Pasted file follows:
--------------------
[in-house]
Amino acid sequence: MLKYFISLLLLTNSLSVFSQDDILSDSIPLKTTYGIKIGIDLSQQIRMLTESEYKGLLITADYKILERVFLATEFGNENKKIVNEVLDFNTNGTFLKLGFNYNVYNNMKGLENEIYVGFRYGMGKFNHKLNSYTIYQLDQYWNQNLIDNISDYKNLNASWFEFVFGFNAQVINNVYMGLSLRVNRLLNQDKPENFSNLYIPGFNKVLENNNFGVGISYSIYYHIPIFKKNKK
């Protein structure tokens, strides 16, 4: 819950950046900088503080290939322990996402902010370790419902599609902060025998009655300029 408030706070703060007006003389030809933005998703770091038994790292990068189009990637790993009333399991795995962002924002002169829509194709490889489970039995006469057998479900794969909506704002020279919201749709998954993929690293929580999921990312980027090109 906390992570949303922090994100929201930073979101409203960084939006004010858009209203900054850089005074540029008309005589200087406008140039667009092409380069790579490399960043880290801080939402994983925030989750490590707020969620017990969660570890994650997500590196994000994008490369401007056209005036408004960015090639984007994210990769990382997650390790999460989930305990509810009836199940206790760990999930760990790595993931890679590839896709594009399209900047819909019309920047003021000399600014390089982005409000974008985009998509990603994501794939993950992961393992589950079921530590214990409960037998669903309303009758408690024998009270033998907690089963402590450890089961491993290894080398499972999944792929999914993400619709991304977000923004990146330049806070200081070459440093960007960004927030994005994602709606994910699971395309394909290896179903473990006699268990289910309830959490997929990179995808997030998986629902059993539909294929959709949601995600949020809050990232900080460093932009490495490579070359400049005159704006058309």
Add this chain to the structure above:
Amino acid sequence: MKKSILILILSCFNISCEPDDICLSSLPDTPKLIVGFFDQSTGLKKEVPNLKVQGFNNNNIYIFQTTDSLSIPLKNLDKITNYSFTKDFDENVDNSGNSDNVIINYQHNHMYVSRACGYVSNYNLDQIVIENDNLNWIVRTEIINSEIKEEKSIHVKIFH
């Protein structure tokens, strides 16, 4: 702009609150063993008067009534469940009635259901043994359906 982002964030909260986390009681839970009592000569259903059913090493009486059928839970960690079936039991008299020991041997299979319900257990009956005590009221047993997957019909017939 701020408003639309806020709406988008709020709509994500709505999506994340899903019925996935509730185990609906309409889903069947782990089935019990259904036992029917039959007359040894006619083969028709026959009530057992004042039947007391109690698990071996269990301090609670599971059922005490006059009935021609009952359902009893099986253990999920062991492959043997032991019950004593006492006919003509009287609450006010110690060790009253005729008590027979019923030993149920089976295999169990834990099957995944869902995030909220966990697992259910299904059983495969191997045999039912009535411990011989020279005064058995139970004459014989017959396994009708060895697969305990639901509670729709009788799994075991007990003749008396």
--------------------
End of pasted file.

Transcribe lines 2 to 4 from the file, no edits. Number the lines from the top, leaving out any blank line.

Amino acid sequence: MLKYFISLLLLTNSLSVFSQDDILSDSIPLKTTYGIKIGIDLSQQIRMLTESEYKGLLITADYKILERVFLATEFGNENKKIVNEVLDFNTNGTFLKLGFNYNVYNNMKGLENEIYVGFRYGMGKFNHKLNSYTIYQLDQYWNQNLIDNISDYKNLNASWFEFVFGFNAQVINNVYMGLSLRVNRLLNQDKPENFSNLYIPGFNKVLENNNFGVGISYSIYYHIPIFKKNKK
């Protein structure tokens, strides 16, 4: 819950950046900088503080290939322990996402902010370790419902599609902060025998009655300029 408030706070703060007006003389030809933005998703770091038994790292990068189009990637790993009333399991795995962002924002002169829509194709490889489970039995006469057998479900794969909506704002020279919201749709998954993929690293929580999921990312980027090109 906390992570949303922090994100929201930073979101409203960084939006004010858009209203900054850089005074540029008309005589200087406008140039667009092409380069790579490399960043880290801080939402994983925030989750490590707020969620017990969660570890994650997500590196994000994008490369401007056209005036408004960015090639984007994210990769990382997650390790999460989930305990509810009836199940206790760990999930760990790595993931890679590839896709594009399209900047819909019309920047003021000399600014390089982005409000974008985009998509990603994501794939993950992961393992589950079921530590214990409960037998669903309303009758408690024998009270033998907690089963402590450890089961491993290894080398499972999944792929999914993400619709991304977000923004990146330049806070200081070459440093960007960004927030994005994602709606994910699971395309394909290896179903473990006699268990289910309830959490997929990179995808997030998986629902059993539909294929959709949601995600949020809050990232900080460093932009490495490579070359400049005159704006058309």
Add this chain to the structure above: